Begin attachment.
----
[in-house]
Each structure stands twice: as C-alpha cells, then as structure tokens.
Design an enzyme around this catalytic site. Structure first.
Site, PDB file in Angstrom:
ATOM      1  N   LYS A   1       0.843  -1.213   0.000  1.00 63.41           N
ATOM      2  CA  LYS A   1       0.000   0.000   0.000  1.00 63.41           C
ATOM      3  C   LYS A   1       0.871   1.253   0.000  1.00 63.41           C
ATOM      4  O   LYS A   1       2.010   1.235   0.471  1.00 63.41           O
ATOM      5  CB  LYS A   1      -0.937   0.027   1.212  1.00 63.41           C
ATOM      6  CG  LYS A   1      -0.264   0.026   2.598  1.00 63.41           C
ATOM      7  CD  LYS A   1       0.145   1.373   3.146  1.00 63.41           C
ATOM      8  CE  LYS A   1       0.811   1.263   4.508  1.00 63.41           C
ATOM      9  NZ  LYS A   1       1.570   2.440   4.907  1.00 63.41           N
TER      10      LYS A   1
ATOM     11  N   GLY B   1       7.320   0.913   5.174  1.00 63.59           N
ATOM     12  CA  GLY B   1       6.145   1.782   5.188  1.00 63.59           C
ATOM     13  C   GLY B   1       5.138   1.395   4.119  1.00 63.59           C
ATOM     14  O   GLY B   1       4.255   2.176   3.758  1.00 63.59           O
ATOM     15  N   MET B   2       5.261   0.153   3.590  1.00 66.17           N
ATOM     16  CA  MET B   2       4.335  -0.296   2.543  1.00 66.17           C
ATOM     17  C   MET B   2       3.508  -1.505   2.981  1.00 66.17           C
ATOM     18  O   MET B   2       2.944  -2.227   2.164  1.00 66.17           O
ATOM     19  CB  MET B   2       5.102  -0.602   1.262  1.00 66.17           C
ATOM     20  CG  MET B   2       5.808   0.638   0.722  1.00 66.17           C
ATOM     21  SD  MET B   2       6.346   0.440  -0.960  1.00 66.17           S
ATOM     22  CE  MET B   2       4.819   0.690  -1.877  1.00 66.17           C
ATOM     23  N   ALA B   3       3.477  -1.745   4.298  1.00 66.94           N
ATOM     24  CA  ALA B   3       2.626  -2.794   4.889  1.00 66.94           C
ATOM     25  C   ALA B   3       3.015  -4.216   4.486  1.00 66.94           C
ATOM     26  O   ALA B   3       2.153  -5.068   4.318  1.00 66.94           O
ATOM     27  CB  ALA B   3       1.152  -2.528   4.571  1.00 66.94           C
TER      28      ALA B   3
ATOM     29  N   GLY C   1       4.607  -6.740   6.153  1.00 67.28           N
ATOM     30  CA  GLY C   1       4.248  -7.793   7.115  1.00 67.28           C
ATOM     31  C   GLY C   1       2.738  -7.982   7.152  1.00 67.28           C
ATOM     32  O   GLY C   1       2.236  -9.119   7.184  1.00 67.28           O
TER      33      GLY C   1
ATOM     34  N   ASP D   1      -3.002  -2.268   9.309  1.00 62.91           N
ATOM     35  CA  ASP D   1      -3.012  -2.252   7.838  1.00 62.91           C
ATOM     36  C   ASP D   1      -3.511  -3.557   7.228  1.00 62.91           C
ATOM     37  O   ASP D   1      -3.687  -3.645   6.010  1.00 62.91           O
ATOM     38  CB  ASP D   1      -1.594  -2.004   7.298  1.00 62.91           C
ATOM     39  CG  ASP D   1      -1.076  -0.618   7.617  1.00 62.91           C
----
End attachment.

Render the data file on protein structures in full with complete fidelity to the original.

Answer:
[in-house]
Each structure stands twice: as C-alpha cells, then as structure tokens.
Design an enzyme around this catalytic site. Structure first.
Site, PDB file in Angstrom:
ATOM      1  N   LYS A   1       0.843  -1.213   0.000  1.00 63.41           N
ATOM      2  CA  LYS A   1       0.000   0.000   0.000  1.00 63.41           C
ATOM      3  C   LYS A   1       0.871   1.253   0.000  1.00 63.41           C
ATOM      4  O   LYS A   1       2.010   1.235   0.471  1.00 63.41           O
ATOM      5  CB  LYS A   1      -0.937   0.027   1.212  1.00 63.41           C
ATOM      6  CG  LYS A   1      -0.264   0.026   2.598  1.00 63.41           C
ATOM      7  CD  LYS A   1       0.145   1.373   3.146  1.00 63.41           C
ATOM      8  CE  LYS A   1       0.811   1.263   4.508  1.00 63.41           C
ATOM      9  NZ  LYS A   1       1.570   2.440   4.907  1.00 63.41           N
TER      10      LYS A   1
ATOM     11  N   GLY B   1       7.320   0.913   5.174  1.00 63.59           N
ATOM     12  CA  GLY B   1       6.145   1.782   5.188  1.00 63.59           C
ATOM     13  C   GLY B   1       5.138   1.395   4.119  1.00 63.59           C
ATOM     14  O   GLY B   1       4.255   2.176   3.758  1.00 63.59           O
ATOM     15  N   MET B   2       5.261   0.153   3.590  1.00 66.17           N
ATOM     16  CA  MET B   2       4.335  -0.296   2.543  1.00 66.17           C
ATOM     17  C   MET B   2       3.508  -1.505   2.981  1.00 66.17           C
ATOM     18  O   MET B   2       2.944  -2.227   2.164  1.00 66.17           O
ATOM     19  CB  MET B   2       5.102  -0.602   1.262  1.00 66.17           C
ATOM     20  CG  MET B   2       5.808   0.638   0.722  1.00 66.17           C
ATOM     21  SD  MET B   2       6.346   0.440  -0.960  1.00 66.17           S
ATOM     22  CE  MET B   2       4.819   0.690  -1.877  1.00 66.17           C
ATOM     23  N   ALA B   3       3.477  -1.745   4.298  1.00 66.94           N
ATOM     24  CA  ALA B   3       2.626  -2.794   4.889  1.00 66.94           C
ATOM     25  C   ALA B   3       3.015  -4.216   4.486  1.00 66.94           C
ATOM     26  O   ALA B   3       2.153  -5.068   4.318  1.00 66.94           O
ATOM     27  CB  ALA B   3       1.152  -2.528   4.571  1.00 66.94           C
TER      28      ALA B   3
ATOM     29  N   GLY C   1       4.607  -6.740   6.153  1.00 67.28           N
ATOM     30  CA  GLY C   1       4.248  -7.793   7.115  1.00 67.28           C
ATOM     31  C   GLY C   1       2.738  -7.982   7.152  1.00 67.28           C
ATOM     32  O   GLY C   1       2.236  -9.119   7.184  1.00 67.28           O
TER      33      GLY C   1
ATOM     34  N   ASP D   1      -3.002  -2.268   9.309  1.00 62.91           N
ATOM     35  CA  ASP D   1      -3.012  -2.252   7.838  1.00 62.91           C
ATOM     36  C   ASP D   1      -3.511  -3.557   7.228  1.00 62.91           C
ATOM     37  O   ASP D   1      -3.687  -3.645   6.010  1.00 62.91           O
ATOM     38  CB  ASP D   1      -1.594  -2.004   7.298  1.00 62.91           C
ATOM     39  CG  ASP D   1      -1.076  -0.618   7.617  1.00 62.91           C